March 14, 2016 - In an unusual marriage of resources, over 1,000 chest physicians from 320 hospitals have joined hands with the BMC to eradicate the scourge of tuberculosis from the city. The initiative has already yielded the desired results with 1,500 patients - of the 20,000 that had been notified as part of the plan -- having been identified as having developed resistance to drugs. Early detection will help doctors take measures and ensure that these 1,500 patients do not slip into the next stage - extensively drug-resistant (XDR) TB.
Under the initiative, private practitioners who come across cases of TB notify the BMC and follow a standard treatment regimen that has been approved by the World Health Organisation (WHO). Doctors in BMC hospitals also follow the same regimen, thus ensuring that the patient doesn't develop resistance to drugs. Earlier, the multiplicity of drugs prescribed by private and government doctors was leading to multi-drug resistant (MDR) and XDR TB, in some cases leading to a more serious condition called XXDR TB.
In fact, the programme has been such a resounding success that the WHO has lauded the efforts of the doctors in the city and asked other countries to replicate it. Last week, WHO officials from various countries and WHO TB Director Mario Raviglione were present in Mumbai to see first-hand the successful public-private partnership programme. Officials from all the high burden countries -- Indonesia, Bangladesh, Pakistan, Myanmar, Turkey, Tanzania, Ukraine, South Africa, Nigeria and Sri Lanka --were present and appreciated the PPP model in fighting TB. They also visited a few private hospitals like Saifee, Saboo Siddique, Vikas Nursing Home in Govandi and Sai Nursing Home in Dharavi.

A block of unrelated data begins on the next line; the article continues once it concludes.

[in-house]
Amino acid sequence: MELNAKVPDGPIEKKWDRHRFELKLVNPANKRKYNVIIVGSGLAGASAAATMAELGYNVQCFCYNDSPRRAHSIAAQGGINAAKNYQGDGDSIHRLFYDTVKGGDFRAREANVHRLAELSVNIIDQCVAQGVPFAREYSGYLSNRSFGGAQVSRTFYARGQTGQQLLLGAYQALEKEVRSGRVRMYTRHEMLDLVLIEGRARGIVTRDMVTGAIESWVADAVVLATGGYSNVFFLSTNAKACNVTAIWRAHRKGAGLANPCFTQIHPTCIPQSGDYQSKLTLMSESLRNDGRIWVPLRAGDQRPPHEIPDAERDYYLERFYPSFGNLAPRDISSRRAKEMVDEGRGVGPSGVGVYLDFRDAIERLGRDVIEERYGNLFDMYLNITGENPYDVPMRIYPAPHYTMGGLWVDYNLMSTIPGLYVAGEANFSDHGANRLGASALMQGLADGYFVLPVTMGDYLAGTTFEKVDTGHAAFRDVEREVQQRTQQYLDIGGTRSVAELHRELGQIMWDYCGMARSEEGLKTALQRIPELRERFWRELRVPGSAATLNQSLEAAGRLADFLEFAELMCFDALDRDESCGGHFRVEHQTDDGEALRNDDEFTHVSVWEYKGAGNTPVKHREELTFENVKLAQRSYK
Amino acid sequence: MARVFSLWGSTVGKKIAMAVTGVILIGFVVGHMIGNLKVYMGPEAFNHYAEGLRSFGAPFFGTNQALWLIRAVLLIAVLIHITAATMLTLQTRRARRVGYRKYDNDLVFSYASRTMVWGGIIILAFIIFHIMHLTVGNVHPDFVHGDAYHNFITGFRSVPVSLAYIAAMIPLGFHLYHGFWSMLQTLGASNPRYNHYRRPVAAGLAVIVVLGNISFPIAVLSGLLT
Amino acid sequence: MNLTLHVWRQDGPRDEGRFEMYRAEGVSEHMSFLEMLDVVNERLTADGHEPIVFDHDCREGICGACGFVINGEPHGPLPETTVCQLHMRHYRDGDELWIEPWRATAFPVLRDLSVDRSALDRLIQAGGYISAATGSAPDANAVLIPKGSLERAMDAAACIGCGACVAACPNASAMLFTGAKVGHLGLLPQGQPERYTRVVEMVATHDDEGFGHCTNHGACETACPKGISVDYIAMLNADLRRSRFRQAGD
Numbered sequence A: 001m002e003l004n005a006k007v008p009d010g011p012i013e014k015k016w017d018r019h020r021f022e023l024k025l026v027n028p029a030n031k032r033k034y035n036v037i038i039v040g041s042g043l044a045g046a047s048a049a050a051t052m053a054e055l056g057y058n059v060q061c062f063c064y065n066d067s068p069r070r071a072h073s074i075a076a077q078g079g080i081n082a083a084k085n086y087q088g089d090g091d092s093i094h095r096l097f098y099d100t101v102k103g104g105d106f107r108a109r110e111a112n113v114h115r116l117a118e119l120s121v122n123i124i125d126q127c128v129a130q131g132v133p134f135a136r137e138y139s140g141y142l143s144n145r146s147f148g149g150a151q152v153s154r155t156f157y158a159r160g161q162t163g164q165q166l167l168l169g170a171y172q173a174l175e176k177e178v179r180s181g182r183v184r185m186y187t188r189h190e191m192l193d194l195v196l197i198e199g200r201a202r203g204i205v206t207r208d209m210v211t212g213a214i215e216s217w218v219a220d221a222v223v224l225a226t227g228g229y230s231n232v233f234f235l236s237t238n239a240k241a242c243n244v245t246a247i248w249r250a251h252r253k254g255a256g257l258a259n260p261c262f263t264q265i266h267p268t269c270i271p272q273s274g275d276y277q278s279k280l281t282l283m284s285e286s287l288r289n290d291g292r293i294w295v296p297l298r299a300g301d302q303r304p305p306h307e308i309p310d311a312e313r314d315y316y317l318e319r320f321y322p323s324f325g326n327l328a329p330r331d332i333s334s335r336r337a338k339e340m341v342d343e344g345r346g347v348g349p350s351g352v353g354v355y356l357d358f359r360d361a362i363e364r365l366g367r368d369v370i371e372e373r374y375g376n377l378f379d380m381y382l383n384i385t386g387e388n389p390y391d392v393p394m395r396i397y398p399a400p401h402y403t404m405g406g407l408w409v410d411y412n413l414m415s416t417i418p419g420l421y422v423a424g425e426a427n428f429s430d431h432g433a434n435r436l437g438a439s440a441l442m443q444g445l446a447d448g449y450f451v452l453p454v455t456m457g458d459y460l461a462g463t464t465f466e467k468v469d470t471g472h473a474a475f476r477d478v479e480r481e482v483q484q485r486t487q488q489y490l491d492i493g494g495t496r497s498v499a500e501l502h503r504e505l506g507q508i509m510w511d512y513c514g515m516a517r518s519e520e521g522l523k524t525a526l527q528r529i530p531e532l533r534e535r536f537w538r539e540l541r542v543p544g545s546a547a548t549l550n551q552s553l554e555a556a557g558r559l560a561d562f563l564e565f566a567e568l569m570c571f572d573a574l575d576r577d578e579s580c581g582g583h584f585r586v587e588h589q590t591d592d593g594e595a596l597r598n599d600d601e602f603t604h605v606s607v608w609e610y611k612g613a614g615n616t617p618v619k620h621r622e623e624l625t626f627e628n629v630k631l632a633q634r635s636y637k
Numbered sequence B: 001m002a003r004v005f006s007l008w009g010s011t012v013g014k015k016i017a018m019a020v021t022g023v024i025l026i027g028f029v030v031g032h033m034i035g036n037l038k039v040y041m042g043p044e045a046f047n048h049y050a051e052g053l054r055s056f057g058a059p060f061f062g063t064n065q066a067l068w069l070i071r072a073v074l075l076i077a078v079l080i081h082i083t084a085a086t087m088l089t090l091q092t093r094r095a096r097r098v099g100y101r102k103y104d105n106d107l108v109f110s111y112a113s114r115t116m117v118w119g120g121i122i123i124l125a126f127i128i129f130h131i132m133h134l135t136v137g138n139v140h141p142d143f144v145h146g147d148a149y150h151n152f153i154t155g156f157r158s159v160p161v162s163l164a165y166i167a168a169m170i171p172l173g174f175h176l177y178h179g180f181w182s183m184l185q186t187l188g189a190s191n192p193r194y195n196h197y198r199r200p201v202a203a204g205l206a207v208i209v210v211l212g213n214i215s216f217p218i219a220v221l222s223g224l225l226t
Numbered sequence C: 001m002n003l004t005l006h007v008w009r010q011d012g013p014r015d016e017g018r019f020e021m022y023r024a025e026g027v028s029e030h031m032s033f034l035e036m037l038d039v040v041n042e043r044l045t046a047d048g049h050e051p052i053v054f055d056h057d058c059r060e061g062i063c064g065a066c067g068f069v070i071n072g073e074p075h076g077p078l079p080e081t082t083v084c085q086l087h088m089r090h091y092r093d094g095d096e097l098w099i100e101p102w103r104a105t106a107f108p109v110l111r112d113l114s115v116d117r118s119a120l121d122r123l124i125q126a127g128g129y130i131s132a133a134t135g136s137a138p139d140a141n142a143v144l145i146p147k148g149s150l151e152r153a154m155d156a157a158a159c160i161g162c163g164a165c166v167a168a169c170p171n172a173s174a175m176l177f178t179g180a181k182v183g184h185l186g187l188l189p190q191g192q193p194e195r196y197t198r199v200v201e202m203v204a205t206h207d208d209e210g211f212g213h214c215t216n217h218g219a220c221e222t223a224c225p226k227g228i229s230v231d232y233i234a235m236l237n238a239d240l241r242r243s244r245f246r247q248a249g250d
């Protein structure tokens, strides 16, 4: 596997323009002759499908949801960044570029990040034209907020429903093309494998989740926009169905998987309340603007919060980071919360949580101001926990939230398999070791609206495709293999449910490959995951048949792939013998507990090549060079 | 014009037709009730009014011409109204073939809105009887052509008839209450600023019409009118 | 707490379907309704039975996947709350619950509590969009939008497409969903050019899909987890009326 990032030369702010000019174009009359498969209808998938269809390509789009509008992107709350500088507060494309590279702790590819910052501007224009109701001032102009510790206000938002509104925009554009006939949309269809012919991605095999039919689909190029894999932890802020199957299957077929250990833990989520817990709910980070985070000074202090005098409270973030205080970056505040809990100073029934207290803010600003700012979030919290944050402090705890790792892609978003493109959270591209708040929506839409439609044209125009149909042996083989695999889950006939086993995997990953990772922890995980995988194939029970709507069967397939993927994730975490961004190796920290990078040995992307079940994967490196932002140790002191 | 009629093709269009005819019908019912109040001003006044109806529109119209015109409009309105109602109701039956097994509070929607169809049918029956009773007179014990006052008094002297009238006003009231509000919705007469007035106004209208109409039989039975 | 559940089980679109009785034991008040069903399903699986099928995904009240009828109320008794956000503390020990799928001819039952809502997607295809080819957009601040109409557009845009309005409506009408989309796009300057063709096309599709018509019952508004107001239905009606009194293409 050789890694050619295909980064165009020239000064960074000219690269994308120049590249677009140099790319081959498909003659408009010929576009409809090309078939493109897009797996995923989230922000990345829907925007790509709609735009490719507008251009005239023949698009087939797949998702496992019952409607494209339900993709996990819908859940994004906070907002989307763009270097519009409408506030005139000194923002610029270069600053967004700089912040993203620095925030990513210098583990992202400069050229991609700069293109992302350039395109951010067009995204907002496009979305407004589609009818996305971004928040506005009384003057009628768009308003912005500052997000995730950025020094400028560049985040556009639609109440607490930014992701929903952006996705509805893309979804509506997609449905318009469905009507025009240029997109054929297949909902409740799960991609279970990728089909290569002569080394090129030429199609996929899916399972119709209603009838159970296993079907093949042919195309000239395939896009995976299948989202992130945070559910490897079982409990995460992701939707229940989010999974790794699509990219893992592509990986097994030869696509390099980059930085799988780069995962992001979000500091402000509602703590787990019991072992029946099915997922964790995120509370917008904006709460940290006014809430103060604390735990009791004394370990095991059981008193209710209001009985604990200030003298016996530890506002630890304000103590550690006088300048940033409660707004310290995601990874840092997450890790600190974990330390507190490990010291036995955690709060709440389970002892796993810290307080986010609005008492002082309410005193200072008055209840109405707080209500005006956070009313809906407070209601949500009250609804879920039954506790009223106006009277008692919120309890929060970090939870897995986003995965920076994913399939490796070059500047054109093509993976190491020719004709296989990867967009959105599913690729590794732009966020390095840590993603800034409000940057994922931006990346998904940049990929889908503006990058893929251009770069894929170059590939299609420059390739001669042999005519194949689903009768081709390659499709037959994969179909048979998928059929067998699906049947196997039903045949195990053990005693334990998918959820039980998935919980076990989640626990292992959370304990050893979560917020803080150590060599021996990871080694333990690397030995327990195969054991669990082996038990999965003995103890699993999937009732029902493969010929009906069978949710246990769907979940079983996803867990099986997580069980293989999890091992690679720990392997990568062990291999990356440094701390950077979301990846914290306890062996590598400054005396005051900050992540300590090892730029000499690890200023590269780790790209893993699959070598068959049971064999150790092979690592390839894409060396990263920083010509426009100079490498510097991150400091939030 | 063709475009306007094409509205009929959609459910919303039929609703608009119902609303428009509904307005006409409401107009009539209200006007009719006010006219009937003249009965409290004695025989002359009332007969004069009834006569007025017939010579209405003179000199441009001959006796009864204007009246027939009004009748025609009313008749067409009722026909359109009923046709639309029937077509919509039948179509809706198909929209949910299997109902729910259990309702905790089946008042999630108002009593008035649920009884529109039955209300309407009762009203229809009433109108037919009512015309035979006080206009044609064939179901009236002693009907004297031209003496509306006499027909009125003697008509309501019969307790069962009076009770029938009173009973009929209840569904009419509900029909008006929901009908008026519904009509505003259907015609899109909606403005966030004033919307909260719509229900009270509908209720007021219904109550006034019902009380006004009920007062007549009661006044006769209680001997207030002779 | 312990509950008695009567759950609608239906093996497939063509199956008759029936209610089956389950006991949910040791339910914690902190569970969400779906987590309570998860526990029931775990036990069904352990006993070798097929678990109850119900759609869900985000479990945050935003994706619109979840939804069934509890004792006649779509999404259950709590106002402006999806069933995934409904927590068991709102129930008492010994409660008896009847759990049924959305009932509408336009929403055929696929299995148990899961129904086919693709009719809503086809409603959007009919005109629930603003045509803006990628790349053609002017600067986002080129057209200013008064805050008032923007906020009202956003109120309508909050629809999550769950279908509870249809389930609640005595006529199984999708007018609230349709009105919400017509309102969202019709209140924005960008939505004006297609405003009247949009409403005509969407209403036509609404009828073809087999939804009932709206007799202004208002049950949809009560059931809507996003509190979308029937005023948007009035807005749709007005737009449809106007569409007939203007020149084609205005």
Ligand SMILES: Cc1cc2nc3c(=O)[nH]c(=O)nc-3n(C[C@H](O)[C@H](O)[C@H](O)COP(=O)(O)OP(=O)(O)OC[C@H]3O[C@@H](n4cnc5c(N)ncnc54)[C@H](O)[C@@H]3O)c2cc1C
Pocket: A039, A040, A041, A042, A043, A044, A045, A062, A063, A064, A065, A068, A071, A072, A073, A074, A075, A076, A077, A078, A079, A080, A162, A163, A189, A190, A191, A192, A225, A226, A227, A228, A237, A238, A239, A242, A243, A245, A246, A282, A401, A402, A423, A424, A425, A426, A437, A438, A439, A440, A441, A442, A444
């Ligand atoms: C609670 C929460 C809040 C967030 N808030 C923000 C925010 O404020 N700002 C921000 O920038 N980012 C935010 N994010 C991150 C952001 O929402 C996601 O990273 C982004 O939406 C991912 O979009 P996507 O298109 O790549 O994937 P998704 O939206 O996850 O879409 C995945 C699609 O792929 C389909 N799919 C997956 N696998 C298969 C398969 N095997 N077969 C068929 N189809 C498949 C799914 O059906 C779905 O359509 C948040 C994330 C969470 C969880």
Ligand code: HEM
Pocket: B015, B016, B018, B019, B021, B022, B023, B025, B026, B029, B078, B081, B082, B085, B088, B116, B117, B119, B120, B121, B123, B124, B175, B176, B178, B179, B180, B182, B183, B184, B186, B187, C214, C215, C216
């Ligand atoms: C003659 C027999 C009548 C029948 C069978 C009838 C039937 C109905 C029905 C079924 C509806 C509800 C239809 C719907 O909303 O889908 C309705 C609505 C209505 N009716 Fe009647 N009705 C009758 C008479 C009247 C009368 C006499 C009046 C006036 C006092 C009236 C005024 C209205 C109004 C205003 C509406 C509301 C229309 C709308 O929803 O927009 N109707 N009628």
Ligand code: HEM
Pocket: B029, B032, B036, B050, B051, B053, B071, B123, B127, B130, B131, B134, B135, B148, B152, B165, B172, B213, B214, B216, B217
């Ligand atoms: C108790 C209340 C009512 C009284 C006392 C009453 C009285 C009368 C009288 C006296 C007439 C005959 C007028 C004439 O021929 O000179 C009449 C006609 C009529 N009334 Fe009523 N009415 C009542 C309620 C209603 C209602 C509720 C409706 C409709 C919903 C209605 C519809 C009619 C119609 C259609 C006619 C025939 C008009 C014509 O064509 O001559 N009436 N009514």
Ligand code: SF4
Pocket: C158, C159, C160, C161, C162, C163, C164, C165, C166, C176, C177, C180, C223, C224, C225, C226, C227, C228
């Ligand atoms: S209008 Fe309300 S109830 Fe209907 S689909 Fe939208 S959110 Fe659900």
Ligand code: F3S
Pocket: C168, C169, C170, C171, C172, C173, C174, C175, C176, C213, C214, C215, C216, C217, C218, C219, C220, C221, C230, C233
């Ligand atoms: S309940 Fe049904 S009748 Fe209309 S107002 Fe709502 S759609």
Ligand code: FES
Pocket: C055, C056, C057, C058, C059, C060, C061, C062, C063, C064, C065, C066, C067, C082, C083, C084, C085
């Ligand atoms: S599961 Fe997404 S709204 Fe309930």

"Every year the city gets around 30000 new cases in addition to that around 10000 visits to private practitioner, often private doctors don't keep track on TB patients. But under PPP programme BMC will keep track on private patients as well," said, Dr. Daksha Shah, TB cell head, BMC.
"We have 16 gene expert machines to diagnose drug resistance cases; and two hospitals --JJ and Hinduja Hospital -- to do culture test for drug sensitivity. TB medicines, treatment, tests etc are all free under the government's revised national tuberculosis control programme. However, many private practitioners are not aware of this," added Dr Shah.
The world took notice of spread of drug resistance TB in Mumbai in 2012 study by Hinduja Hospital's Dr Zarir Udwadia who revealed that 12 TB patients in Mumbai had developed resistance to all TB drugs. The fact that they were the first such cases in the country served as a frightening reality check for city health officials, who have since then been fine-tuning and expanding the TB control programme.
The efforts are supported in large parts by central and state governments, and the Bill and Melinda Gates Foundation. The main challenge was to enrol private practitioners for the TB control mission.
In the past one year, the BMC has started imparting monthly continuous medical education (CME) to doctors on updates in the fight against TB. On Sunday, the BMC organized a CME at Nanavati Hospital and enrolled over 124 physicians and chest physicians.
Dr Salil Bendre, senior chest specialist, Nanavati, who took the initiative to enrol private chest physicians in the programme, said: "It is not just the responsibility of the BMC to fight drug-resistant TB; city's chest physicians should also support it."
Dr. Vikas Oswal, chest physician, Vikas nursing home, Govandi," Many private doctors in Govandi area are responsible for drug resistance TB cases, majority of them unnecessarily prescribe potent antibiotics to patients even for minor illness like respiratory infections or common cough and colds.